The New Security Council Resolution 2178 on Foreign Terrorist Fighters: A Missed Opportunity for a Holistic Approach4 Nov 2014
On Wednesday 24 September 2014, the UN Security Council (SC) in a special session with heads of states unanimously adopted Resolution 2178 on foreign terrorist fighters, tabled by the United States (US). It was timely since this coincided with the US holding the SC presidency in September, the annual meeting of the General Assembly, and the announcement of the United States just days before that in addition to the military air strikes against the Islamic State (IS) in Iraq, it would also commence military operations in Syria. At the same time, many states are struggling with the issue of foreign fighters travelling to Syria and Iraq. In Europe especially states have been dealing with the problem over the last 24 months, and this problem is still increasing especially with the proclamation of the caliphate by IS.
Many states – in cooperation with each other or on their own account– have started to implement various measures to stop this ever-growing problem. Measures adopted vary from blocking the validity of travel documents, revoking citizenship, blocking financial assets, to prosecution of recruitment, incitement and the planning of terrorist attacks. Also intelligence services of befriended nations have stepped up their cooperation by sharing relevant information concerning the whereabouts of young people travelling to and from Syria and Iraq. Even so, and irrespective of all these measures, governments have not succeeded in stemming the exodus of foreign fighters. The key to success will to a great extent lie in successful prevention strategies that focus on inclusion and social cohesion. The question is, however, whether resolution 2178 will contribute to the development of such strategies.
This resolution attempts to present a holistic approach to the problem of foreign terrorist fighters by recognizing that terrorism will not be defeated by military force, law enforcement measures, and intelligence operations alone. It stresses that there is also a need to address the conditions conducive to the spread of terrorism, as outlined in Pillar I of the United Nations Global Counter-Terrorism Strategy. With regard to the prevention side of the approach, the SC calls upon Member States to develop and implement rehabilitation and reintegration strategies (par. 4), and encourages states to engage with relevant local communities and non-governmental actors in developing strategies to counter the violent extremist narrative that can incite terrorist acts, address the conditions conducive to the spread of violent extremism, which can be conducive to terrorism, and include relevant stakeholders in this process to adopt tailored approaches to countering recruitment and promote social inclusion and cohesion (par. 16). Except for these few paragraphs, the SC does not elaborate further on the avenues to follow, the strategies to implement to achieve these goals, or the programs that have already been developed in this respect and which could serve as an example. The instructions to states when it comes to implementing better law enforcement tools, freezing sanctions of financial assets, border management mechanisms, or intelligence sharing needs are, on the other hand, are far more specific and detailed. This unfortunately results in a rather unbalanced strategy and constitutes a missed opportunity to further the development and implementation of more genuine preventive measures.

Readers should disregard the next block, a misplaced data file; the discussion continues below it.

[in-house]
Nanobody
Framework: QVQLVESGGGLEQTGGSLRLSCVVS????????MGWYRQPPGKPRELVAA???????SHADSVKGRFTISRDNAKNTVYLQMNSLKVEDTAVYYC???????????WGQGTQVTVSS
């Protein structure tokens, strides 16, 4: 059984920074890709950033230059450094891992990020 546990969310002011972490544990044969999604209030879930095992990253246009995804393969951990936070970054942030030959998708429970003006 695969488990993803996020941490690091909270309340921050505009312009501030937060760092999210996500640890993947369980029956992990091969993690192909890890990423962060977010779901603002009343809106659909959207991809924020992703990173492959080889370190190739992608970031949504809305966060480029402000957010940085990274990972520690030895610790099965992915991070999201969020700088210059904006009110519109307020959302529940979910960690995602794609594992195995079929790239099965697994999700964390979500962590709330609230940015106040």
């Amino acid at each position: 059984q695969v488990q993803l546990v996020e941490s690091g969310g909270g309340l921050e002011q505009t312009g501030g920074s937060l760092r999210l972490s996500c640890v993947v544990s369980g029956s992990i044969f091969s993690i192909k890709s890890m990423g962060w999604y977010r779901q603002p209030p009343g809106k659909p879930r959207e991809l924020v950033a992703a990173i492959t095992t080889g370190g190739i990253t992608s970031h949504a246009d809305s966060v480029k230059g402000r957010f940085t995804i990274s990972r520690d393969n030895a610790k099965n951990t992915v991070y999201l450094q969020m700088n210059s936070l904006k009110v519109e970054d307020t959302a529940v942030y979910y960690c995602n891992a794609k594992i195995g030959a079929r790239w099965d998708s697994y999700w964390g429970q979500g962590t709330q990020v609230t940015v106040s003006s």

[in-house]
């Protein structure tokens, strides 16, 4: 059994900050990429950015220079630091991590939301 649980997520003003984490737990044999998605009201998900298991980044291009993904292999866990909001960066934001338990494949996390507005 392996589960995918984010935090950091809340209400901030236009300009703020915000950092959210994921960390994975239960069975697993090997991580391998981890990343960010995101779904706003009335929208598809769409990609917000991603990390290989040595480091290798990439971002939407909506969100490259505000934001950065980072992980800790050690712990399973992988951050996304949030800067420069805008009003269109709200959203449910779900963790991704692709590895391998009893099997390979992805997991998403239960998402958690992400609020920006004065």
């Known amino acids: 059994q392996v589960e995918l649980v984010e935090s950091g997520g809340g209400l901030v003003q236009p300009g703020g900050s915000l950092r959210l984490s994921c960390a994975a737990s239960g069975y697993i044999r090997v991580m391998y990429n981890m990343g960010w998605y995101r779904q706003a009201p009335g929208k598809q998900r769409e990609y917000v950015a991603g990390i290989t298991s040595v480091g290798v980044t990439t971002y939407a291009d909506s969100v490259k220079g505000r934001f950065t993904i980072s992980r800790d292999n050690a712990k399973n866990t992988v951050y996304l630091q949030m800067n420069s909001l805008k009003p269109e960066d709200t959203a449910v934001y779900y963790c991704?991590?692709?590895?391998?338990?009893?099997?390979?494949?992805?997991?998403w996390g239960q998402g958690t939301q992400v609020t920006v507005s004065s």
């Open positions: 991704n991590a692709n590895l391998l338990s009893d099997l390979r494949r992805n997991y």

Although the adoption of this resolution was welcomed in many circles as being very timely, the resolution also triggered an uproar of criticism and concern with regard to the far reaching powers used by the SC, its lack of clarity in the wording of the resolution, and its wide scope of applicability. Former UN Special Rapporteur on human rights and counter-terrorism, Martin Scheinin, wondered whether we were back in the state of post 9/11-panic. And he argued that the adoption of this resolution was “a huge backlash in the UN counter-terrorism regime”, which “wipes out the piecemeal progress made over thirtheen long years in introducing protections of human rights and the rule of law into the highly problematic manner in which the Security Council exercises its supranational powers”.
Like SC Resolution 1373, which was (also) unanimously adopted days after the 9/11 attacks, this resolution has a legislative character, meaning that it orders states in a binding clause to legislate (as far as they have not already done so) as serious criminal offences the travel or attempt to travel of their nationals and other individuals from their territories to states (other than the states of their residence or nationality) for the purpose of the perpetration, planning, or preparation of, or participation in, terrorist acts, or the wilful providing or receiving of terrorist training, the provision or collection of funds to be used for the travel of individuals to participate in these acts, and the wilful organisation, or other facilitation, including recruitment, of the travel to states for the participation in these activities.